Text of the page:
The atmosphere of "Ophidian Wheel" feels mystical and enlightened, as if flying beyond the heavens and understanding the roots and miracles of the universe. This rich experience continued to morph the musical texture of Septicflesh (or Septic Flesh, or whatever), worlds apart from the group's first two records yet still garnished in their formless mythical themes. In scope and shape, "Ophidian Wheel" is an opus of doom and gothic tendencies echoing the ancient semblance of atmospheric death metal, coming together in an unforgettable network of meditative melodies, forlorn antagonism, and poignant songwriting that surpasses much of Septicflesh's other works. "Ophidian Wheel" soars beyond the ideas of its brothers, stylistically a remarkable achievement on all levels and a timeless offering by one of the finest Greek factions ever.
Septicflesh was never restrained creatively. Even the group's more straightforward numbers encompass many traits that add more depth and color to the musical vision than the typical experimental flops done by most. The style of atmosphere-based death metal meshed naturally into gothic oils and hints of doom makes for an absolutely riveting texture, exceeding the limitations of "Esoptron" and touching the ceiling of the universe. "Ophidian Wheel" glides on its triangle of archaic wisdom in varying degrees throughout, yet keeps its base stable. The sort of magic it has is just kaleidoscopic, willingly shaping death metal and these other influences into a single entity. The malevolent strikes are met with purposely simple, powerful melodies and ethereal bridges that intertwine this dimension, making everything simultaneously ravenous, melancholic, and beautiful.
"Ophidian Wheel" is likewise superbly crafted, hoisting what might well be the finest set of songs Septicflesh had ever carved in stone before its initial implosion. Much of the atmosphere is opened up by Natalie Rassoulis, a soprano vocalist who had a prominent role in Septicflesh for some years. Her appearances here, on perhaps half the anthems, are otherworldly against Spiros Antoniou's demonic grunts (whose growls are the best in the business, if you ask me) and the mysterious clean chimes of Sotiris Vayenas. This three-pronged vocal attack is as perplexing and magical as the record's arcane spine, and it enriches the pieces rather than cluttering the environment. The finest of this craft include "Phallic Litanies" and "The Future Belongs to the Brave," both shining like beacons in fog, this triptych of sound in divine form.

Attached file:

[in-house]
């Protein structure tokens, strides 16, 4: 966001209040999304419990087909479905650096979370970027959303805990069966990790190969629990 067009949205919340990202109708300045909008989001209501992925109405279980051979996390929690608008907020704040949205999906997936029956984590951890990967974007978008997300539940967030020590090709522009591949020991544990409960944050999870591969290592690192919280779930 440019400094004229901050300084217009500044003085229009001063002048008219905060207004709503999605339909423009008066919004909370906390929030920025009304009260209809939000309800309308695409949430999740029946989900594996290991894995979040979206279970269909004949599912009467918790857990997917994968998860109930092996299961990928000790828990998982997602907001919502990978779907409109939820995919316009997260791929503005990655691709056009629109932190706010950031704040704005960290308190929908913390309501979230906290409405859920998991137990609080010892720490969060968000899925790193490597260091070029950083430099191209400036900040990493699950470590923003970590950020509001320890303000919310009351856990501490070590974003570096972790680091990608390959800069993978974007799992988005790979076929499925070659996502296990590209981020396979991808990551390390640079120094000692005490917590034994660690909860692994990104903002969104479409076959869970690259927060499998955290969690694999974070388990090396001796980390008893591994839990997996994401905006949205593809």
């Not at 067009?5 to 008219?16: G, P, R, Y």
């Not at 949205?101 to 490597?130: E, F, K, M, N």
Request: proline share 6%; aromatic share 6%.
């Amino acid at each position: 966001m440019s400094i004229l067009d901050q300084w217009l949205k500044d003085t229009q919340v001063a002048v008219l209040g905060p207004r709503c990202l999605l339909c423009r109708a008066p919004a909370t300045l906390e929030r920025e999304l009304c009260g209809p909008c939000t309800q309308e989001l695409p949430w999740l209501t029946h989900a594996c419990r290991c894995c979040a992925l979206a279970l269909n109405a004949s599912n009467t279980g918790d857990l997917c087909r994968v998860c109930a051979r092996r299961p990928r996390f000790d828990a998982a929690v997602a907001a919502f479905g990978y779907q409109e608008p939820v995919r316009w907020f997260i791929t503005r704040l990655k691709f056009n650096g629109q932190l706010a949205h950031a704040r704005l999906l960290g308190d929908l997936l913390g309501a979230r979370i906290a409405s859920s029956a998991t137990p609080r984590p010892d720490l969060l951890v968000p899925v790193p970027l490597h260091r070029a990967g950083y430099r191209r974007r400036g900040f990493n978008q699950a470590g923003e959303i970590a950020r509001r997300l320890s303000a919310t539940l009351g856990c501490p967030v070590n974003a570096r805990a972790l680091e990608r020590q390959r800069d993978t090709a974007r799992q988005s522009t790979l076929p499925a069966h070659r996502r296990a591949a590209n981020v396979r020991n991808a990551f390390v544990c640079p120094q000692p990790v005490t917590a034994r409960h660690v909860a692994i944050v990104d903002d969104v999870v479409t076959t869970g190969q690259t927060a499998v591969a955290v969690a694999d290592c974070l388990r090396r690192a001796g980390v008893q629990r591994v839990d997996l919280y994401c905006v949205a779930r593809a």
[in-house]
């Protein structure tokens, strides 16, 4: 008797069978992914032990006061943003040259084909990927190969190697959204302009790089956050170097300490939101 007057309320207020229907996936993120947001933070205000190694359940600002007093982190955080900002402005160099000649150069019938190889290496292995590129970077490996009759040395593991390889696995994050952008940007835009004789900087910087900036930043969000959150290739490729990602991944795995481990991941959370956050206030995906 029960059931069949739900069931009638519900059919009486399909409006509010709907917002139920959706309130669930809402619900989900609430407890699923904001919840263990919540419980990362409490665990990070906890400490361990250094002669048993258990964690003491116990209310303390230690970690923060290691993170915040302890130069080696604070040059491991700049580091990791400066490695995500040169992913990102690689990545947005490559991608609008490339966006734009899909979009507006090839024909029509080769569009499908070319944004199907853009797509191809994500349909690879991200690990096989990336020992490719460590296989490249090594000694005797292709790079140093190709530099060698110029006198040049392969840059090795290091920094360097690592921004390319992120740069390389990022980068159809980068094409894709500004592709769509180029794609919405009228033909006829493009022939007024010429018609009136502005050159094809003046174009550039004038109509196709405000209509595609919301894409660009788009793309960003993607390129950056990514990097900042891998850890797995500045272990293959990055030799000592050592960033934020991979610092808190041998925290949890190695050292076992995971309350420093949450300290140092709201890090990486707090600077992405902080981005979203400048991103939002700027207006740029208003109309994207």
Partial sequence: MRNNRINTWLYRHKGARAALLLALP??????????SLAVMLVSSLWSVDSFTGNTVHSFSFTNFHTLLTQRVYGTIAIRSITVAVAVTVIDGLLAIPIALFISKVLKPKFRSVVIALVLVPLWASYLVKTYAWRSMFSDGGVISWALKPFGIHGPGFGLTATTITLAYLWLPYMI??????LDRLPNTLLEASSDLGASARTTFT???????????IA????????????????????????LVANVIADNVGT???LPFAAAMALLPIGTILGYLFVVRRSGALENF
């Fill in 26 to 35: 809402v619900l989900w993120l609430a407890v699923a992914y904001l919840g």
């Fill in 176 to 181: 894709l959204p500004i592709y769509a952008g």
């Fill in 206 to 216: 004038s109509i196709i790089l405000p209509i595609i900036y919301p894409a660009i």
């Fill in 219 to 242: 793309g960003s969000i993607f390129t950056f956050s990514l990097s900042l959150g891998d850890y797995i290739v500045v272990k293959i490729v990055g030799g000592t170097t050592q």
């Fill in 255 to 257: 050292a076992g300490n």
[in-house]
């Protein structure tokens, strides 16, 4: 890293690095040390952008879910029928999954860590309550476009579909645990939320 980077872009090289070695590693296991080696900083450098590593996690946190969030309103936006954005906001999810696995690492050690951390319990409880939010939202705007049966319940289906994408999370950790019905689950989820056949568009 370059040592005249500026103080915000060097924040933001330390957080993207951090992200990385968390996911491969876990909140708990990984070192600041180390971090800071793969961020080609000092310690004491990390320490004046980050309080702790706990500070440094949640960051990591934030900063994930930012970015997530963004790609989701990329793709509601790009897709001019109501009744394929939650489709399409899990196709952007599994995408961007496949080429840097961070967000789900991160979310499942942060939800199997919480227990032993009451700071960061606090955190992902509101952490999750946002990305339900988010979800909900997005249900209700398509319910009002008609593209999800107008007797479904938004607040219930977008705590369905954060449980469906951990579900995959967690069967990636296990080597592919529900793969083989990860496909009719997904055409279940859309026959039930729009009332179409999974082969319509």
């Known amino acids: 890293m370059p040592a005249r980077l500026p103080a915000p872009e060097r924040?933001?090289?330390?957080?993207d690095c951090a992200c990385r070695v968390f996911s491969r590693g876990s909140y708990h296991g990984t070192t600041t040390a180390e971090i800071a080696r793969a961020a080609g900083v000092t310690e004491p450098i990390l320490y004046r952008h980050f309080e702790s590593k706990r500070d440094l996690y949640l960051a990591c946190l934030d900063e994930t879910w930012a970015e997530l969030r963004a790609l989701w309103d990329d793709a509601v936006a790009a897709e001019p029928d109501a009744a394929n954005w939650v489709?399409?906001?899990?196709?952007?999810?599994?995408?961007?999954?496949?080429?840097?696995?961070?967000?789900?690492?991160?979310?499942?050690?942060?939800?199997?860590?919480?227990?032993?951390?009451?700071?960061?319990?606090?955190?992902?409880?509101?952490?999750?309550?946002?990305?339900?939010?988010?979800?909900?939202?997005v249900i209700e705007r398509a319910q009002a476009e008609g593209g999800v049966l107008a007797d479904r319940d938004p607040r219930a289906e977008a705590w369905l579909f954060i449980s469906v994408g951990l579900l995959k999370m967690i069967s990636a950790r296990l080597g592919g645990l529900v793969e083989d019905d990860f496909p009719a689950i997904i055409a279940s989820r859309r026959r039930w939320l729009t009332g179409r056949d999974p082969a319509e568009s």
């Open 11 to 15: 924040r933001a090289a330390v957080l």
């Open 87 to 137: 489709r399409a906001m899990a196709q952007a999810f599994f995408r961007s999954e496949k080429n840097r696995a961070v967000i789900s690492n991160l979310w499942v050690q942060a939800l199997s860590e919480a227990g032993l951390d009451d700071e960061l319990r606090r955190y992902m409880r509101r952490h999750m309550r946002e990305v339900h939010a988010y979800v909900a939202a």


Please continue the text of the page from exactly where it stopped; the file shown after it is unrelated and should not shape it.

The remaining tracks, though without the succor of Rassoulis' vocals, reach the same high level of quality. In particular, the atmospheric "On the Topmost Step of the Earth" is a journey that lives up to its title, while "Heaven Below," glazed in serene melodies and mellifluous keys, remains a timeless classic. The work of Septicflesh is more of an experience than music: it ebbs and flows from mountains to chasms of fathomless depths, orchestrated through cabalistic interludes, immortal epics, and canticles pulled from the tongues of gods unknown. Few records live up to the majesty of "Ophidian Wheel," and it stands as any towering apex should among Septicflesh's stellar gallery, proud and defiant against the winds of time; the illuminated sapphire crowning a throne long since forgotten.